The Camden Business Alliance (CBA) will host Arnett Muldrow, the Greenville-based consulting firm hired by the city of Camden to conduct a tourism and marketing study for the city. CBA will host the meeting at 8 a.m. Nov. 12 at the Robert Mills Courthouse, home to the Kershaw County Chamber of Commerce. The Nov. 12 meeting will specifically focus on a possible new branding campaign for the city.
It'll be Camden Mayor Tony Scully versus former Councilman Ned Towell Nov. 9 in Camden High School's gymnasium. It's not a political face-off, but "the greatest dance challenge of all time" during Family Life Outreach's Fall 2013 Step Showcase.
Camden City Council approved a wholesale electric power contract with Duke Energy Progress (DEP), effectively extending a years-long relationship with the utility provider. Council voted unanimously to approve the seven-year contract during its Oct. 22 meeting.
Although Camden City Council ultimately gave the go-ahead for city staff to send out request for proposals (RFP) to develop the recently demolished Maxway property at Broad and Rutledge streets, some members expressed concern that things were moving too fast. The discussion came up during council's Tuesday afternoon work session.
Earlier this week, those who supported and those who opposed using hospitality tax (HTAX) revenues to pay for the construction of a proposed sports complex in Camden learned that it would have been legal to use the funds for such a project. Circuit Court Judge Alison Renee Lee signed a ruling Oct. 18, filed Monday at the Kershaw County Courthouse, determining the city of Camden could have used HTAX funds to pay for the proposed two-story 44,000-square-foot complex.
Almost a year after hearing arguments in the case, a circuit court judge ruled Friday that the city of Camden's proposed use of hospitality tax (HTAX) funds to build a YMCA of Columbia-managed sports complex was legal. Circuit Court Judge Alison Renee Lee signed the judgment Friday which was filed at the Kershaw County Courthouse Monday.
Michelle Torres of the city of Camden Street Department puts the finishing touches on a new hanging basket on Broad Street. It is one of eight iron baskets being hung from light posts on Broad Street between DeKalb and Rutledge streets, and are provided by the Camden Garden Club. "We are delighted to see this beautiful improvement and are grateful to the Camden Garden Club for their investment in our downtown," Camden Mayor Tony Scully said. Each basket is planted with pansies and asparagus fern, which will provide color and texture for the coming months.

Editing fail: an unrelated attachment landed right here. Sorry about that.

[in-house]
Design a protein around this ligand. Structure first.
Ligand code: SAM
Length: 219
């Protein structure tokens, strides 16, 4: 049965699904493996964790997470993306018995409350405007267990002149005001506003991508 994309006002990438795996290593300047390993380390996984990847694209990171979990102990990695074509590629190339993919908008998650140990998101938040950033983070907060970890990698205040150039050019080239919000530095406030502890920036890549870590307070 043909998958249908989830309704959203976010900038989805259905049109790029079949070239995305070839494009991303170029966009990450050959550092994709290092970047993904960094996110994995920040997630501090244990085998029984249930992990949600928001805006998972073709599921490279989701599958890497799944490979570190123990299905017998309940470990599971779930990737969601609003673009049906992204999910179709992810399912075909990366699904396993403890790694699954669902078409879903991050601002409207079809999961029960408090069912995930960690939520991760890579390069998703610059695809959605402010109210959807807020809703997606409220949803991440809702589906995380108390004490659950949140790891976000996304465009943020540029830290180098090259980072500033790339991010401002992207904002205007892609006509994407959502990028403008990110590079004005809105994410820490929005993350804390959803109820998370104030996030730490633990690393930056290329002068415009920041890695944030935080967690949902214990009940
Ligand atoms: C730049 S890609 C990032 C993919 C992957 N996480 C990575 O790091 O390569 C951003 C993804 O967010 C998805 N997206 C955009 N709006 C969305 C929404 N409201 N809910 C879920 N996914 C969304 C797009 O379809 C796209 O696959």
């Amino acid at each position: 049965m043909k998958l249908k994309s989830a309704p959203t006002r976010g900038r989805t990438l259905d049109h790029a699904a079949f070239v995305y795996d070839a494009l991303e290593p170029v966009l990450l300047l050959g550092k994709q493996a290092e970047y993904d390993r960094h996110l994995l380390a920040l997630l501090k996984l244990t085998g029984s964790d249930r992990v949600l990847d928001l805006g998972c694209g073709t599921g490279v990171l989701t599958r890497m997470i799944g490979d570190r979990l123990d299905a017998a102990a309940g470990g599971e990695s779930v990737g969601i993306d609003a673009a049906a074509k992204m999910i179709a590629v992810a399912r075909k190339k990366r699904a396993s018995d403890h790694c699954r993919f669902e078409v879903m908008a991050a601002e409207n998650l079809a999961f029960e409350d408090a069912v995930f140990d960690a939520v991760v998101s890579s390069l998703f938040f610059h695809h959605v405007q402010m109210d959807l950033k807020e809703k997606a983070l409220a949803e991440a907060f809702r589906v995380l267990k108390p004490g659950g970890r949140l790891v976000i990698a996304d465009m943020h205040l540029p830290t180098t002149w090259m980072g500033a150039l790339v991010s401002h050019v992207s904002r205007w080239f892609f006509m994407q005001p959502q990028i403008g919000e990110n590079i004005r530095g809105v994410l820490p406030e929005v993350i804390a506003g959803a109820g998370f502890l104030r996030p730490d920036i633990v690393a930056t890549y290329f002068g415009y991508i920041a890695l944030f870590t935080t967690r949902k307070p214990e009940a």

The city of Camden, with assistance from marketing consulting firm Arnett Muldrow, has prepared a request for proposals (RFP) to develop the site of the recently demolished Maxway building. Camden City Council will hear a report about the RFP during its work session Tuesday afternoon.
Camden residents might not know Shelley personally, but he and his crew visit each home every week. Shelley Salmond is the city of Camden's sanitation supervisor with a crew of 14 men and three women who pick up residents' curbside trash, yard debris and recyclables.
Gov. Nikki Haley proclaimed Monday as "Judge William R. Byars Jr. Day" in South Carolina. Bill Byars is a Kershaw County resident and recently retired as the director of the S.C. Department of Corrections (SCDC). He previously served in the same capacity at the S.C. Department of Juvenile Justice (DJJ).
The 2013 Camden Antiques Fair will open Thursday with a preview party and continue Friday through Sunday. This signature event benefits the National Steeplechase Museum and S.C. Thoroughbred Retirement Foundation. In its third year, the fair has brought hundreds of visitors to Camden while greatly promoting our area as a destination for antiquing, equine sports, visiting historical places and a dose of real Southern hospitality at our local stores and restaurants.
Tyrell "Rock" Coleman grew up in Camden, graduated from Camden High School and has worked for some time as a Camden Police Department (CPD) officer. Tuesday, City Manager Mel Pearson took advantage of the passage of a proclamation naming October as Crime Prevention Month to recognize Coleman on his recent promotion to sergeant and his new responsibilities as supervisor of the city's school resource officers (SROs).